Armance, by Stendhal


Armance, in despair, saw herself at once disgraced for ever and betrayed by her lover. She sat down for a moment on the landing of the stair. She decided to go and knock at the door of Madame de Malivert’s maid. The girl was asleep and did not answer. Madame de Malivert, with a vague fear that her son might be ill, took her nightlight and came to the door of her own room; she was alarmed by the expression on Armance’s face. “What has happened to Octave?” cried Madame de Malivert. “Nothing, Madame, nothing at all to Octave, it is only I who am in distress and miserable at having disturbed your sleep. My idea was to speak to Madame Dérien and to ask for you only if I was told that you were still awake.” “My child, you increase my alarm with all these Madames. Something strange has happened. Is Octave ill?” “No, Mama,” said Armance and burst into tears, “it is only that I am a ruined girl.”

Madame de Malivert took her into her bedroom, and there Armance told her what had just happened to her, concealing nothing and passing nothing over in silence, not even her own jealousy. Her heart, crushed by all her miseries, had not the strength to keep anything back.

Madame de Malivert was appalled. Suddenly she exclaimed: “There is no time to be lost, give me my pelisse, my poor child, my dear child,” and she kissed her again and again with all the passion of a mother. “Light my candle, and do you stay here.” Madame de Malivert ran to her son’s room; fortunately the door was not locked; she entered quietly, awoke Octave and told him what had occurred. “My brother may ruin us,” said Madame de Malivert, “and, to judge by appearances, he will not miss the opportunity. Rise, go to his room, tell him that I have had a sort of seizure in your room. Can you think of anything better?” “Yes, Mama, to marry Armance tomorrow, if that angel will still have me.”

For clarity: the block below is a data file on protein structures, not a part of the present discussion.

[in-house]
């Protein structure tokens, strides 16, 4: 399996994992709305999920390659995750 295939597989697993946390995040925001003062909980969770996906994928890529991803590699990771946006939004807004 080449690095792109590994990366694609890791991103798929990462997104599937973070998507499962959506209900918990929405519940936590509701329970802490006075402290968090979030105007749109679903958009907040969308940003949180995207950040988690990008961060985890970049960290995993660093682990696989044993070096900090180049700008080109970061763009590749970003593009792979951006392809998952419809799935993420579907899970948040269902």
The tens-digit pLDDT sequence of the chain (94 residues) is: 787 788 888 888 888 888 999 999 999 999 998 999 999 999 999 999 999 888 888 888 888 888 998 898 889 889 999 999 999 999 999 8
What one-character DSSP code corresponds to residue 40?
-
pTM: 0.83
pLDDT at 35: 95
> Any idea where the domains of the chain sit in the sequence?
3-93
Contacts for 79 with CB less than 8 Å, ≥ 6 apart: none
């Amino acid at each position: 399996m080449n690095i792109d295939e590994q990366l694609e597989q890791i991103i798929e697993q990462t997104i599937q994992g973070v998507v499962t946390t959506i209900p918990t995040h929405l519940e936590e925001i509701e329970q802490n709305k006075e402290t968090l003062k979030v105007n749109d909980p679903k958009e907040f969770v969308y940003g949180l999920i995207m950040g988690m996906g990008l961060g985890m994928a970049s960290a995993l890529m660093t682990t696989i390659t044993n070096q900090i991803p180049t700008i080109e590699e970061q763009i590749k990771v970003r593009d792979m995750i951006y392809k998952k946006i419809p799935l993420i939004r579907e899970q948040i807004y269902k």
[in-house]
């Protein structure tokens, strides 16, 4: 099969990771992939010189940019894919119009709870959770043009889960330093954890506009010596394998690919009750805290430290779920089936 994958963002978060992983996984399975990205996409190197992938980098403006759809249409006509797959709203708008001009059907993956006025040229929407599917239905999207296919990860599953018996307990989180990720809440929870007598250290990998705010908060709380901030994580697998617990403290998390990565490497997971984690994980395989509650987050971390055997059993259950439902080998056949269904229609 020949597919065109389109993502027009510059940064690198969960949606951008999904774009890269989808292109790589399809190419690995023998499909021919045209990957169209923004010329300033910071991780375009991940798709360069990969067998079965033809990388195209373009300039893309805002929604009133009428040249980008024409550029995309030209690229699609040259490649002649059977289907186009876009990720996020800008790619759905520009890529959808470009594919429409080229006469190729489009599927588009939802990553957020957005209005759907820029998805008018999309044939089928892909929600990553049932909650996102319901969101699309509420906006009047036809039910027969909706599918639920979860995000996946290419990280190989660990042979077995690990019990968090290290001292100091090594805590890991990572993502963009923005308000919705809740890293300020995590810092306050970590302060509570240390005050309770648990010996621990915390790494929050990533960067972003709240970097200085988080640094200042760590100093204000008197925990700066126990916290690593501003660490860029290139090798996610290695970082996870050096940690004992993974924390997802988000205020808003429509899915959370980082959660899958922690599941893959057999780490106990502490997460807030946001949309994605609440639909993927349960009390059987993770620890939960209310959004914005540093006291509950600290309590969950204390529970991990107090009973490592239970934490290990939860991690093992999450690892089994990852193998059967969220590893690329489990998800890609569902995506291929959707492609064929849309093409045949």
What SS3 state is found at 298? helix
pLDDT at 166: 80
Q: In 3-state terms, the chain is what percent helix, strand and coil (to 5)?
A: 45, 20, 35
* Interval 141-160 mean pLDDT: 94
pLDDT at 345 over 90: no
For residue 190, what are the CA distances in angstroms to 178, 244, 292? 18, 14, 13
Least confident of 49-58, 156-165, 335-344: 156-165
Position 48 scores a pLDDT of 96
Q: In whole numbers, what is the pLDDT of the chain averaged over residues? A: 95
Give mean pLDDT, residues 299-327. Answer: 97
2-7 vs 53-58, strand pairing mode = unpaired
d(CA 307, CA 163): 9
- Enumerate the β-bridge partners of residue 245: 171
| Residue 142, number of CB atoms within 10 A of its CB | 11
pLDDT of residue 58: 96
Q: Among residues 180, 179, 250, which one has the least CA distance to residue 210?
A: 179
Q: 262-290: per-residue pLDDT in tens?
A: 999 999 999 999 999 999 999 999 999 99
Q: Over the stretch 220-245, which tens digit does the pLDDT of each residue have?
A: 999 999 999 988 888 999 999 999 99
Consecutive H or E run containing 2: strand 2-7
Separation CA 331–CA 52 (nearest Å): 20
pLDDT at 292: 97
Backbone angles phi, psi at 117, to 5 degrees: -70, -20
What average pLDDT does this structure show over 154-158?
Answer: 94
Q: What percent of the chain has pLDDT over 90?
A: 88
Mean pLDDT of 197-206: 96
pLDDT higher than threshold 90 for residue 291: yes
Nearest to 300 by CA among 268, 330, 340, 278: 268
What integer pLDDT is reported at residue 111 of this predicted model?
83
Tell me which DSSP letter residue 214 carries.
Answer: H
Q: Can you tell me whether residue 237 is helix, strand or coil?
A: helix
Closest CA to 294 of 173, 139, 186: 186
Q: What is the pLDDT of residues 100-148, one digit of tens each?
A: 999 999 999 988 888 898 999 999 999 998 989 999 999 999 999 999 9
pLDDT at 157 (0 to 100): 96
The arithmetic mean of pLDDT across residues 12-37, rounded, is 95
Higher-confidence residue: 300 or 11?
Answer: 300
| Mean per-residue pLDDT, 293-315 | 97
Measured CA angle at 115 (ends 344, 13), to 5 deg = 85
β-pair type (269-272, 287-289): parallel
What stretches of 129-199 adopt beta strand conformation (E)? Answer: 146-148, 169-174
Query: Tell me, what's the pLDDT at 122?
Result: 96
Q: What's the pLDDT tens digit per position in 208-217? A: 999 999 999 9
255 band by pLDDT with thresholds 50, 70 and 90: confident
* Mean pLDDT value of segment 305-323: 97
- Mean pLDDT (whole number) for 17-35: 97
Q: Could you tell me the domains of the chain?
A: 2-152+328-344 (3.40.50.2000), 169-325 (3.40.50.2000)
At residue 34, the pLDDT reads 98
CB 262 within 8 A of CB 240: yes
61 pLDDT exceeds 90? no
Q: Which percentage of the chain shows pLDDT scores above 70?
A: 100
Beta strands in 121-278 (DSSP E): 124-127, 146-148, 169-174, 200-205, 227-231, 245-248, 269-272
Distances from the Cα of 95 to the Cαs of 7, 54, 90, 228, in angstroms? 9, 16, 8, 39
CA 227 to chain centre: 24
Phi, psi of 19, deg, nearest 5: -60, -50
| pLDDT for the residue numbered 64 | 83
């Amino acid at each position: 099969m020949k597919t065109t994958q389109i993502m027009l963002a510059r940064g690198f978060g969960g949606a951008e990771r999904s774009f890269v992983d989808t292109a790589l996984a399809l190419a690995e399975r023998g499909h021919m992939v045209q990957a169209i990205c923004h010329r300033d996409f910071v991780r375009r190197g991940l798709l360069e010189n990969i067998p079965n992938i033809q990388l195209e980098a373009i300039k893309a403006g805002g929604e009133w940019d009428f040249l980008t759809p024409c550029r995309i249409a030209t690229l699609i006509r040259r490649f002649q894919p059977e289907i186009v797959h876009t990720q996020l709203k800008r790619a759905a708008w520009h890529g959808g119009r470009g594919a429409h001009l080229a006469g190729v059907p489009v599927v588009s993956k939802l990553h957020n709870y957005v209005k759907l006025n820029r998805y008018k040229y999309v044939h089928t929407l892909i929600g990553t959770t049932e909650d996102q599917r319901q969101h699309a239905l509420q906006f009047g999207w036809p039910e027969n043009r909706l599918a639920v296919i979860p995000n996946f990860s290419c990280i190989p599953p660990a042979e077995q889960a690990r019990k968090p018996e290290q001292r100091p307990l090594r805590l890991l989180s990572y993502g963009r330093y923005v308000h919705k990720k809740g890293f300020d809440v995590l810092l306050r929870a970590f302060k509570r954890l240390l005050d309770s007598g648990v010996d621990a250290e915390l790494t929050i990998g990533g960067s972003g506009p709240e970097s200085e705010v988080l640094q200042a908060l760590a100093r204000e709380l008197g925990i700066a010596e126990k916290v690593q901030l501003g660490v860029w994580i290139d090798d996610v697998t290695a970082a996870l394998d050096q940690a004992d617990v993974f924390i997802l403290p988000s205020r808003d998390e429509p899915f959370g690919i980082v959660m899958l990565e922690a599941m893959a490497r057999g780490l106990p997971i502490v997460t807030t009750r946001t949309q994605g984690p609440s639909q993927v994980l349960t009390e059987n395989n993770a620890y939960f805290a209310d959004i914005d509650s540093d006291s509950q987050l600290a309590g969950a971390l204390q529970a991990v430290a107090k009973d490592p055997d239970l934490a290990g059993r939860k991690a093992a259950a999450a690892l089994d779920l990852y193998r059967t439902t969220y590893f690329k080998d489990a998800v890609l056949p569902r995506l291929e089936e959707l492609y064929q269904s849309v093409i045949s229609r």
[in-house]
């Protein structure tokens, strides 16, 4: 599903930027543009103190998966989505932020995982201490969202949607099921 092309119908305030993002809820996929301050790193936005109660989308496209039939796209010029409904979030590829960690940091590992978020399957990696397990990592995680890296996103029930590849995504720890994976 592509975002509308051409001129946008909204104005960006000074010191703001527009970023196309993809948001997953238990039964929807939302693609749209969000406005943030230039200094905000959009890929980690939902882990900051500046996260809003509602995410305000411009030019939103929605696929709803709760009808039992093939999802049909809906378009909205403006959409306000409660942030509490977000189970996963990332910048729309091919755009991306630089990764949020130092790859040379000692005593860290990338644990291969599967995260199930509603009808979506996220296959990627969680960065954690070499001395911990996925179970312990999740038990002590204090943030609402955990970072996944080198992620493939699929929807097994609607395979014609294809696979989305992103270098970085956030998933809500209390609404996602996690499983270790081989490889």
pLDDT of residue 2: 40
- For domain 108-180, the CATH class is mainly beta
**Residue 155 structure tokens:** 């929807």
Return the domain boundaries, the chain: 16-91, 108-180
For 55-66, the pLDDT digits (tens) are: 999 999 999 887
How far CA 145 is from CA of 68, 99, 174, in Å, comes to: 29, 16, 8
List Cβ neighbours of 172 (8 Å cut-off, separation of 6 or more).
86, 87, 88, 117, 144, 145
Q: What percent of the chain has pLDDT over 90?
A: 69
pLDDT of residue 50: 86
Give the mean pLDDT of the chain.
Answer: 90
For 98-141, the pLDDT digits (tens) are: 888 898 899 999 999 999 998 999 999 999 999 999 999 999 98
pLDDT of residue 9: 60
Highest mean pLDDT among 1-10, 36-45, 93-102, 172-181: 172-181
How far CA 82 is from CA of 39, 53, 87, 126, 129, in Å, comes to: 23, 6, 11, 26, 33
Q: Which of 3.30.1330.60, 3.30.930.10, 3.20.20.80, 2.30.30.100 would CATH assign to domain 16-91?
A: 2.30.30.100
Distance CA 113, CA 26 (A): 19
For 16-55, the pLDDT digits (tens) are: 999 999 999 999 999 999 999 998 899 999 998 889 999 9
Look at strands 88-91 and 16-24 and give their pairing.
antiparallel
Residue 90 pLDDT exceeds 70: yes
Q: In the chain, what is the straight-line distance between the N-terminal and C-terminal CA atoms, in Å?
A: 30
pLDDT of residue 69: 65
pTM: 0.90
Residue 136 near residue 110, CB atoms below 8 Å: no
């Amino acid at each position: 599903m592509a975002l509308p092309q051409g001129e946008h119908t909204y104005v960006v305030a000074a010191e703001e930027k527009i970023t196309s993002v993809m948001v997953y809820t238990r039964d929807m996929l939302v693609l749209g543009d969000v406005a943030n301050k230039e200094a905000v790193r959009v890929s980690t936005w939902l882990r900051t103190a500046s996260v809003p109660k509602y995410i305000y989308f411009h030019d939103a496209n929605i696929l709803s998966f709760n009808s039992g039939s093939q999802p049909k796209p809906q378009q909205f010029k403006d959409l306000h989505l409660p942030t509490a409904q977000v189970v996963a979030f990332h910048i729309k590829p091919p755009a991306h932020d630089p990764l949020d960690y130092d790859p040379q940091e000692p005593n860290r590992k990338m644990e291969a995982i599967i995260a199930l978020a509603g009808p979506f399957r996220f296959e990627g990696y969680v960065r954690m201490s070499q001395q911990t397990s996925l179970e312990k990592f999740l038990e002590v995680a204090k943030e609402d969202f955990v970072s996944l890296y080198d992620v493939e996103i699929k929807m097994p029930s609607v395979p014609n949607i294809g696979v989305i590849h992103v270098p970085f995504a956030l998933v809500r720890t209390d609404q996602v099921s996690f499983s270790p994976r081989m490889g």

This unexpected speech was a fulfilment of Madame de Malivert’s dearest wish; she embraced her son, but added, on second thoughts: “Your uncle does not like Armance, he may talk; he will promise to keep silence, but he has his servant who will talk by his order, and whom he will then dismiss for having talked. I stick to my idea of a seizure. This make-believe will keep us painfully busy for three days, but your wife’s honour is more precious than anything else. Remember to appear greatly alarmed. As soon as you have told the Commander, go down to my room, tell Armance of our plan. When the Commander passed her on the stair, I was in your room, and she was going to fetch Madame Dérien.” Octave hastened to tell his uncle, whom he found wide awake. The Commander looked at him with a derisive expression which turned all his emotion to anger. Octave left M. de Soubirane to fly to his mother’s room: “Is it possible,” he said to Armance, “that you have not been in love with the Chevalier de Bonnivet, and that he is not the mysterious husband of whom you spoke to me once, long ago?” “I have a horror of the Chevalier. But you, Octave, are not you in love with Madame d’Aumale?” “Never as long as I live will I see her again or give her another thought,” said Octave. “Dear Armance, deign to say that you accept me as a husband. Heaven is punishing me for having kept you in the dark as to my shooting expeditions, I was whistling for the keeper, who did not answer.” Octave’s protestations had all the warmth but not all the delicacy of true passion; Armance thought she could make out that he was performing a duty while his thoughts were elsewhere. “You are not in love with me just now,” she said to him. “I love you with all my heart and soul, but I am mad with rage at that ignoble Commander, vile man, upon whose silence we cannot count.” Octave renewed his solicitations. “Are you sure that it is love that is speaking,” Armance said to him, “perhaps it is only generosity, and you are in love with Madame d’Aumale. You used to have a horror of marriage, this sudden conversion seems to me suspicious.” “In heaven’s name, dear Armance, do not let us waste any more time; all the rest of my life shall answer to you for my love.” He was so far convinced of the truth of what he was saying that he ended by convincing her also. He hastened upstairs and found the Commander with his mother, whom her joy at the prospect of Octave’s marriage had given the courage to play her part admirably. Nevertheless, the Commander did not seem to be at all convinced of his sister’s seizure. He ventured upon a pleasantry with regard to Armance’s nocturnal roamings. “Sir, I have still one sound arm,” cried Octave, springing to his feet and throwing himself upon him; “if you say one word more, I shall fling you out of that window.” Octave’s restrained fury made the Commander blench, he remembered in time his nephew’s mad outbursts and saw that he was worked up to the pitch of committing a crime.